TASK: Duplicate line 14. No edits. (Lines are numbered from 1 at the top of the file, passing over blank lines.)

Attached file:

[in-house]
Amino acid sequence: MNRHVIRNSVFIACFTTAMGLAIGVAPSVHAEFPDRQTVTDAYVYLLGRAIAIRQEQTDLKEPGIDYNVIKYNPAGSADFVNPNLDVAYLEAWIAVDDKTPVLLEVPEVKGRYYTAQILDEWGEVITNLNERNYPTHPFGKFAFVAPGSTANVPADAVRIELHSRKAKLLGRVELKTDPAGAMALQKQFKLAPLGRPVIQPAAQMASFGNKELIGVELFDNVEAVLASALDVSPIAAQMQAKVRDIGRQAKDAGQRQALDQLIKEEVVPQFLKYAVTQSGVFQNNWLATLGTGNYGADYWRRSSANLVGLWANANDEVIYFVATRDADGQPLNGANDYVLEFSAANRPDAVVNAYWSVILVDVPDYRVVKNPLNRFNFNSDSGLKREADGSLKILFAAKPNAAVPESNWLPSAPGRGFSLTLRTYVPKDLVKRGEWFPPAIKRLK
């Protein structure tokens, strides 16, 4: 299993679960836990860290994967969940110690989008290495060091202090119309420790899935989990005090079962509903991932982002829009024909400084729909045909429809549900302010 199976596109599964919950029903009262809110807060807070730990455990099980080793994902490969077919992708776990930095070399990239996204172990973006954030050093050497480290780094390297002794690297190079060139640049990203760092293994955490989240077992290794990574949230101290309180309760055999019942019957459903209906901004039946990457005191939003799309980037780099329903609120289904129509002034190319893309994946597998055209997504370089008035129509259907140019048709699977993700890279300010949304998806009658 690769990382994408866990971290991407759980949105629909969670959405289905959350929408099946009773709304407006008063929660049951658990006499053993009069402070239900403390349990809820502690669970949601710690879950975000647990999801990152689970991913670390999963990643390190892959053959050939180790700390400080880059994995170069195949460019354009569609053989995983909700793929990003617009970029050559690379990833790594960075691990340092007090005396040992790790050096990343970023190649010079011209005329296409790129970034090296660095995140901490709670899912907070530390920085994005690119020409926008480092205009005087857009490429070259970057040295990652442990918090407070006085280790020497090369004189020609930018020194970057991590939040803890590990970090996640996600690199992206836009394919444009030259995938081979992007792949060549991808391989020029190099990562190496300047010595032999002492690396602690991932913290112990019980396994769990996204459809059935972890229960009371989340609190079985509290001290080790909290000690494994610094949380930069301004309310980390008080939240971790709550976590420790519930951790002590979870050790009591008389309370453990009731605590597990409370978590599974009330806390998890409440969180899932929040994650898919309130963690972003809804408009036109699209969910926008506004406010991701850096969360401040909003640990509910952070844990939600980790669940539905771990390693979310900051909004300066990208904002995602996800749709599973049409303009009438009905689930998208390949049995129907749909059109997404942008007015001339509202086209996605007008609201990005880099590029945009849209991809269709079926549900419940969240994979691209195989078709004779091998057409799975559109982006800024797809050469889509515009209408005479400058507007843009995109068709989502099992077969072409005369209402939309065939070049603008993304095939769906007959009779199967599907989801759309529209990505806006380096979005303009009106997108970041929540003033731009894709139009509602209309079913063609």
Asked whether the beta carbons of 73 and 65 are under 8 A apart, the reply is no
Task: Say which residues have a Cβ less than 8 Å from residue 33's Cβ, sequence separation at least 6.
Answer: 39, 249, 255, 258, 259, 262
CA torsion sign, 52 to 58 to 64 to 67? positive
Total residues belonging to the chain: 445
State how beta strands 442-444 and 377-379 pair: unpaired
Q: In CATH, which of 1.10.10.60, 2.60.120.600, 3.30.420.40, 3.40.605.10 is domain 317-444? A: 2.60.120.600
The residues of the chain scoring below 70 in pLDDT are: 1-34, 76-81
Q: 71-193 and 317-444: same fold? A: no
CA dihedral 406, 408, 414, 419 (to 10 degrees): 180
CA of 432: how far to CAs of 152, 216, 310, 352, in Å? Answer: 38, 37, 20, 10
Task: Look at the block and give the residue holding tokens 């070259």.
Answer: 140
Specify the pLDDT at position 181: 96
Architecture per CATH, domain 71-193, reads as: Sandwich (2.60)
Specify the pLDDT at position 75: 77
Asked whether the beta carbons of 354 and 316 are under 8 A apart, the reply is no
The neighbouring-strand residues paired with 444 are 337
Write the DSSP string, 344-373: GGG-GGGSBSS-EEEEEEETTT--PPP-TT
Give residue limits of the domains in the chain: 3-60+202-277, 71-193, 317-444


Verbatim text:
CA of 432: how far to CAs of 152, 216, 310, 352, in Å? Answer: 38, 37, 20, 10